10 lessons I’ve learned the hard way

Over the last 40 years I’ve established a marketing agency, a social enterprise that delivers apprenticeship training to young people, led the formation of a grant making charity and written 20 books. But looking back now that I am retired, I can see that had I acted differently I could have achieved much more. Don’t get me wrong, I don’t regret the life I have led and have enjoyed the rich and varied experiences it has delivered. Here are ten things I would tell my younger self that I believe would have helped me enjoy even greater success.

1. Accept who you are and don’t blame others:

I did not have a particularly happy childhood and spent years blaming my parents for my shyness and low self-esteem. They both died when I was in my mid-20s, which made it easier to accuse them of giving me what I saw as my shortcomings. I was angry, and turned that anger on myself. I was sabotaging my own chances of success. Psychotherapy helped me see that I was the master of my own destiny. I would tell my younger self to do this now, and not wait 15 years as I did.

2. Qualifications matter:

School did not work for me and only later, when I joined Mensa did I realise why. I went to agricultural college and left with a diploma and for decades was scornful of qualifications. I told myself that experience and track record were more important, but there is no doubt that qualifications, particularly professional ones, would have opened doors that remained closed to me. I finally went to university at the age of 64 and now have a creative writing MA.

3. Don’t be a complete outsider:

Much of my success has resulted from the objectivity I’ve gained by choosing to remain an outsider. Belonging to anything means compromise at best, blind acceptance of the status quo at worst. Religion is perhaps a good example, but as I realised in my late 50s, philosophies have evolved over millennia and joining a group of like-minded, tolerant people can give you strength. Becoming a Quaker helped me understand myself and more importantly, helped others understand why I was different.

4. Don’t give up too soon:

I’m intelligent and think quickly, so soon become tired of waiting for others to catch up. Looking back, I can see many occasions where I jumped out of something too quickly and missed opportunity. I’d advise my younger self to realise that others also have priorities and deadlines to meet, and that I would be well advised at times to be patient.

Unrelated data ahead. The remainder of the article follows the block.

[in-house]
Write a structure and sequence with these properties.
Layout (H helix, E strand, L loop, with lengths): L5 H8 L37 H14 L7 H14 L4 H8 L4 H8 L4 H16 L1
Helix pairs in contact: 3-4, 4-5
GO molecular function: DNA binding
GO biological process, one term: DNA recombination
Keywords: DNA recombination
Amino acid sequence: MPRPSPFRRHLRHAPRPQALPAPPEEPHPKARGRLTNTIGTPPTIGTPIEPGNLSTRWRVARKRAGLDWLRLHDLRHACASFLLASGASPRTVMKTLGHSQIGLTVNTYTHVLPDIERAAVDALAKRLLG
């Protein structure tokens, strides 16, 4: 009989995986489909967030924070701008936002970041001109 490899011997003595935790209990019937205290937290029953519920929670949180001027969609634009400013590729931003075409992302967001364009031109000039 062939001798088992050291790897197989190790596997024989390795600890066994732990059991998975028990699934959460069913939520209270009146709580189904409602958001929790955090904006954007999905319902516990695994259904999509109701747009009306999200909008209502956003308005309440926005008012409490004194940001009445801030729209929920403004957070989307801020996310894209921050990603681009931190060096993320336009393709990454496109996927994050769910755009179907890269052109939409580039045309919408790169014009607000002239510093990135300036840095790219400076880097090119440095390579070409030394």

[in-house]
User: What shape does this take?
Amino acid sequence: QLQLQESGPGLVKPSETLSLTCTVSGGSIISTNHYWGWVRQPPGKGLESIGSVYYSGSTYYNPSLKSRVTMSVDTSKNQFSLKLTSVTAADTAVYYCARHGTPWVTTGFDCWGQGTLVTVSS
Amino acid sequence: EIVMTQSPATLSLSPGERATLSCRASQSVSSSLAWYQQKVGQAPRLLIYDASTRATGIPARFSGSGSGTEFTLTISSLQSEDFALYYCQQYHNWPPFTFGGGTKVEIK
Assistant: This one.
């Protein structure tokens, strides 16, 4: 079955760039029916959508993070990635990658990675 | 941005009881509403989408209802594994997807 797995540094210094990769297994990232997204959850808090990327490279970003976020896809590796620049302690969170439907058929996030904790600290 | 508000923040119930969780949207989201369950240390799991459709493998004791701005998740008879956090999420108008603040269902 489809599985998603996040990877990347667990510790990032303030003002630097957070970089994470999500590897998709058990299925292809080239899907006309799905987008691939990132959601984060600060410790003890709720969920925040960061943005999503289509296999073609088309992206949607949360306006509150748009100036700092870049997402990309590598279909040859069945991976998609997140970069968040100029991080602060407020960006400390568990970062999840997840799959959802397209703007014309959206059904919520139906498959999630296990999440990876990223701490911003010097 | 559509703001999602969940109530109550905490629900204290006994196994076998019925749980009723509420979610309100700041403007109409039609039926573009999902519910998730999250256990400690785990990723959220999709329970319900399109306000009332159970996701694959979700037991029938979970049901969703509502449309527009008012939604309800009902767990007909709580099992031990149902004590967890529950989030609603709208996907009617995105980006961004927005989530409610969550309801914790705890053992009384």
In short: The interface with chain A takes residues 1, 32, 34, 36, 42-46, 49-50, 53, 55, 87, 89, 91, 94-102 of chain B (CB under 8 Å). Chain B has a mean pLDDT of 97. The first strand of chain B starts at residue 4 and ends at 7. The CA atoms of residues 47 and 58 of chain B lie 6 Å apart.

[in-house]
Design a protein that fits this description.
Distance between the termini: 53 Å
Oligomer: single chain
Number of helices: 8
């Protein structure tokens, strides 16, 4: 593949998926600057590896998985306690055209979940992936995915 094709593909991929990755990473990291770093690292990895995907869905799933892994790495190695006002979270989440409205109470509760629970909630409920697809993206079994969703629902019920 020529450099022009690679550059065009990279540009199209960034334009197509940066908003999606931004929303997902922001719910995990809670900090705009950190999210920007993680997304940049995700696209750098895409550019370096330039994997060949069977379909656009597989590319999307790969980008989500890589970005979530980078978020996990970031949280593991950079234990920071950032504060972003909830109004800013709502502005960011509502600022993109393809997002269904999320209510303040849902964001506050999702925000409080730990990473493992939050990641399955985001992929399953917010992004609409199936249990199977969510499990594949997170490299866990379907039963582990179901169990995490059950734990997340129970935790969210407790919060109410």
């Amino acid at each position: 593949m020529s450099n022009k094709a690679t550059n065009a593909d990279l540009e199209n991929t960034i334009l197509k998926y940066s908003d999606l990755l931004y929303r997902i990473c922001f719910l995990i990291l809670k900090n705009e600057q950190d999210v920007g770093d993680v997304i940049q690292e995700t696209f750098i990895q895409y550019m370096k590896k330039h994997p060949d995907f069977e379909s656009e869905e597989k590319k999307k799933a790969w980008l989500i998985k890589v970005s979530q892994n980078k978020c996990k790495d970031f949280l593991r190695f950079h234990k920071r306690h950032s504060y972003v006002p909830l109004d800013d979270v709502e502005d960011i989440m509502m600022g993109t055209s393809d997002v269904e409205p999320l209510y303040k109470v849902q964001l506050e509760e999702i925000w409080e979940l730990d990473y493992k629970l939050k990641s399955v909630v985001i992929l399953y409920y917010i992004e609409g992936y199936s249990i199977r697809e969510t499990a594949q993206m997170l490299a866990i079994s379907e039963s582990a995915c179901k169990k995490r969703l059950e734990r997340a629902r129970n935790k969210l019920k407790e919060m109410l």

5. Build a network:

I’ve met so many people whose network extends no further than the business sector in which they operate. Yes it’s important to know customers and colleagues, but what about people who can lead you to different and perhaps more exciting opportunities in the future? I’ve also learned the value of helping others with no expectation of their help in return. This has built my reputation and encouraged people to push opportunities my way. We now have social media, which did not exist when I was a young man. It could have made all the difference!

6. Understand your goals:

For decades people would say of me; ‘I know Robert, but have no idea what he actually does.’ This was because I was more focused on leaving my past behind me, than in creating a new future for myself. It took my years to work out what I really wanted to do, which was to be a successful non-fiction author. Most other things I did because they were there and I knew I could make good things happen. If I was 30 today, I’d go and sit on an island for a week free from distraction knowing that this would help me discern what I really, really wanted to do with my life.

7. Recognise and celebrate each success:

A good example of this is that I am learning to play the piano. Each piece my teacher gives me to learn is a little harder than the one before, but I never celebrate the moment when each becomes fluent. I simply move on to the next one. Only once in my career have I allowed myself to celebrate an achievement, and that was when I cut the ribbon to officially open a community owned shop that only came about because of my activism and determination.

8. Do not attempt the impossible:

At times I thought I was invincible and could do anything, so I willingly accepted impossible challenges, usually for modest fees. To some clients I appeared to be too good to be true, but all this achieved was to prolong their delusion that success was just around the corner. It also meant I subjected myself to Herculean tasks that took their toll on my own mental health. Given my time again, I would walk away from those impossible missions.

9. Ask lots of questions:

One of the secrets of my success is that I have always asked the questions others dare not. Friendly, but direct questioning has made those I work with think hard, and sometimes tell me what I need to know to make a difference. Others have thought me cheeky, but that is always better than assuming I know the answers.

10. It’s never too late:

I’m now 66 and graduated from my MA in December 2020. I have written my first book in a new, creative non-fiction genre which is now with a literary agent. This marks the beginning of a new career. I also have my sights set firmly on becoming a professional organist in my 70s, playing at funerals and hopefully helping give people a good send off. It’s never too late to start again!

Of course none of has the opportunity to listen to our future selves and regretting lost opportunities gets you nowhere. I hope this list encourages you to reflect on your life and work.

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